The North Valley/Los Ranchos/Corrales areas are all in a lush green valley that runs along the Rio Grande. This area is known for great outdoor and nature-lovers? activities, wineries, farmers markets and peaceful spas. 

At a​ Glance:

Distance from Airport 9.5 Miles/15.29 KM North Valley
15.7 Miles/25.27 KM Los Ranchos 
19.8 Miles/31.87 KM Corrales
Attractions Indian Pueblo Cultural Center
Unser Racing Museum
Bosque Trails
Casa San Ysidro
Casa Rondeña Winery
Activities Indian Dances and Demonstrations, Hiking, Bicycling, Mountain Biking, In-Line Skating, Horseback Riding, Bird Watching
Highlights Area is part of the Rio Grande Valley State Park, a 4,300-acre nature park.

Albuquerque's rich, fertile North Valley area hugs both sides of the meandering Rio Grande. Early Spanish colonists selected the North Valley for use as farmland, and it retains much of its rural character. Winding streets lead past old farmhouses, and the deep lots run perpendicular to the river, bordered by irrigation ditches that still bring vital water to local farms, including orchards and vineyards. The North Valley is part of the oldest wine-producing area in North America, and several wineries are located here. The area's weekly farmers markets are extremely popular, selling fresh, seasonal produce as well as baked goods, preserves and crafts.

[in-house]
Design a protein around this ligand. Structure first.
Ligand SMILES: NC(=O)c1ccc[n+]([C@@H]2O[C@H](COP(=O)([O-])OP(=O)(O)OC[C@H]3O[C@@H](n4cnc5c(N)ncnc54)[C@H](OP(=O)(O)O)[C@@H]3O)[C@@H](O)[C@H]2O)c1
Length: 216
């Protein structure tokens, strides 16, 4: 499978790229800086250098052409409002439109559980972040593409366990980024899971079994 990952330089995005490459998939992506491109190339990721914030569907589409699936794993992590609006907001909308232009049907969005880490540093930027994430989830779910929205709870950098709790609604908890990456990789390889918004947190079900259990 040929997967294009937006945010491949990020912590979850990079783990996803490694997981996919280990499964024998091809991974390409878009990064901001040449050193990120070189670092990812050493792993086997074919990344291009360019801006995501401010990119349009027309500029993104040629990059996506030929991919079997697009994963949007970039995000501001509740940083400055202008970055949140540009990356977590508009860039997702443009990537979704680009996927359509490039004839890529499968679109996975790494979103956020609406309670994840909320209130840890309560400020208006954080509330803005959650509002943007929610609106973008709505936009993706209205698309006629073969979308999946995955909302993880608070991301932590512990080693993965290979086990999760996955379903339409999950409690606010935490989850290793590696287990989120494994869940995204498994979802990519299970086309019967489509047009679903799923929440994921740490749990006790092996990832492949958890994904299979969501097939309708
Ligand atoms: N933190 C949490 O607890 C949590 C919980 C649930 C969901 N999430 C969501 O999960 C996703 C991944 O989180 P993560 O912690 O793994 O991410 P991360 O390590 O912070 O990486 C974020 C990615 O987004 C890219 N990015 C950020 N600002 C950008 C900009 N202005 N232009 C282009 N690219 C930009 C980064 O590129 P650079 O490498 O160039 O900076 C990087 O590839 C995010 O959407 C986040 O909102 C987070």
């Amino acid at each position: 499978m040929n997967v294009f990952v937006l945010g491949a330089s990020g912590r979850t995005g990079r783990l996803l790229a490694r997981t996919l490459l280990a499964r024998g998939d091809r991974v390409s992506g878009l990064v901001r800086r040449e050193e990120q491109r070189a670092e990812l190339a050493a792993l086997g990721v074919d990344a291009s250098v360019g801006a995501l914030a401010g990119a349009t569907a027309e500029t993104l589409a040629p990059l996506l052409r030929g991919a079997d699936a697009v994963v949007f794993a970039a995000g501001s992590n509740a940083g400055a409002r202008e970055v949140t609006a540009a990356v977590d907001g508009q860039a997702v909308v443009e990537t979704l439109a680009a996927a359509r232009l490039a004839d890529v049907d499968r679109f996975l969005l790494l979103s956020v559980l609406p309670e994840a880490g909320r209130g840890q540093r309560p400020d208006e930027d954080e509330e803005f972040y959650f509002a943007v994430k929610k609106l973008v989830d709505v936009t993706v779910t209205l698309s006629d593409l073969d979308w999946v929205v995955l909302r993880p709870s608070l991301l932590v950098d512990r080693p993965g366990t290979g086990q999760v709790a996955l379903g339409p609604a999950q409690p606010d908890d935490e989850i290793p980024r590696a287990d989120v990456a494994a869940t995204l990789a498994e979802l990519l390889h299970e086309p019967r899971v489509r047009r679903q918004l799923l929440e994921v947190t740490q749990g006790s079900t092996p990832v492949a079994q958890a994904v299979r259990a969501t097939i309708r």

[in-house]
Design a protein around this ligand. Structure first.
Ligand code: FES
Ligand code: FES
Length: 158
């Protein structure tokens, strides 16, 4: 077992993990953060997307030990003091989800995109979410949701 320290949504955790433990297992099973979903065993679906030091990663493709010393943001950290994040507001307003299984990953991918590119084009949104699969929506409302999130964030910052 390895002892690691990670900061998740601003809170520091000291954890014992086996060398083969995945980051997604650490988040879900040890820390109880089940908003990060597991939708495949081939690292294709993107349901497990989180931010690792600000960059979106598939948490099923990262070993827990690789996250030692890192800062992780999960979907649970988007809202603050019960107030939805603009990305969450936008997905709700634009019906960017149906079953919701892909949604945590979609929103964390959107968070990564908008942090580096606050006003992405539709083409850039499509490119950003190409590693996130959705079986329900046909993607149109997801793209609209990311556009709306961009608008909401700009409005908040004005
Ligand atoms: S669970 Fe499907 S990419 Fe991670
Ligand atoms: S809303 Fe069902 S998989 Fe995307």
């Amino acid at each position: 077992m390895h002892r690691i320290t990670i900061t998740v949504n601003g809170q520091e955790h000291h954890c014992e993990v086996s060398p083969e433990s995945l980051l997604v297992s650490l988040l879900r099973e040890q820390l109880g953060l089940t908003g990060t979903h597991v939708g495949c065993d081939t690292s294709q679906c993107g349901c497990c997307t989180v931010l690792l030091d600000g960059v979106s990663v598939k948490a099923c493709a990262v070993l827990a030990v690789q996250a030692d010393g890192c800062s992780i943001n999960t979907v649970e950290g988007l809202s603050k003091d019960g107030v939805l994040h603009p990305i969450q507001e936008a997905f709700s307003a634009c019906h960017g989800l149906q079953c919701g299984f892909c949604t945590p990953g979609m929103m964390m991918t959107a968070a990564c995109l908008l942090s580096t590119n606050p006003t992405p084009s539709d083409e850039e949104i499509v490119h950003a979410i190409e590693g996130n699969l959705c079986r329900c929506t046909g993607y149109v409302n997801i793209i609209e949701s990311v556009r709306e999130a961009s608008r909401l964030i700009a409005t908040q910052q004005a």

Many bed and breakfasts are located in this quiet, pastoral valley with stunning views of the Sandia Mountains. Visitors here can immerse themselves in nature at the Rio Grande Nature Center and hike, bike or ride the Bosque Trails. Even if you don't stay here, you might want to visit some of the North Valley's many galleries or arts and crafts shows. The North Valley is also home to the Indian Pueblo Cultural Center, the Unser Racing Museum and Casa San Ysidro, the Historic House Museum.

Los Ranchos de Albuquerque and Corrales are small villages nestled north of Albuquerque, on the banks of the Rio Grande. Prehistoric sites indicate that the Corrales Valley has been occupied since as early as 500 A.D., when the ancestors of the present-day Pueblo Indians derived sustenance from the fertile valley. Later, Hispanic, European and American families settled here to raise grapes, apples and livestock. Today, Corrales is surrounded by Albuquerque and Rio Rancho, but it retains its broad green pastures and orchards, as well as a strong artistic flair.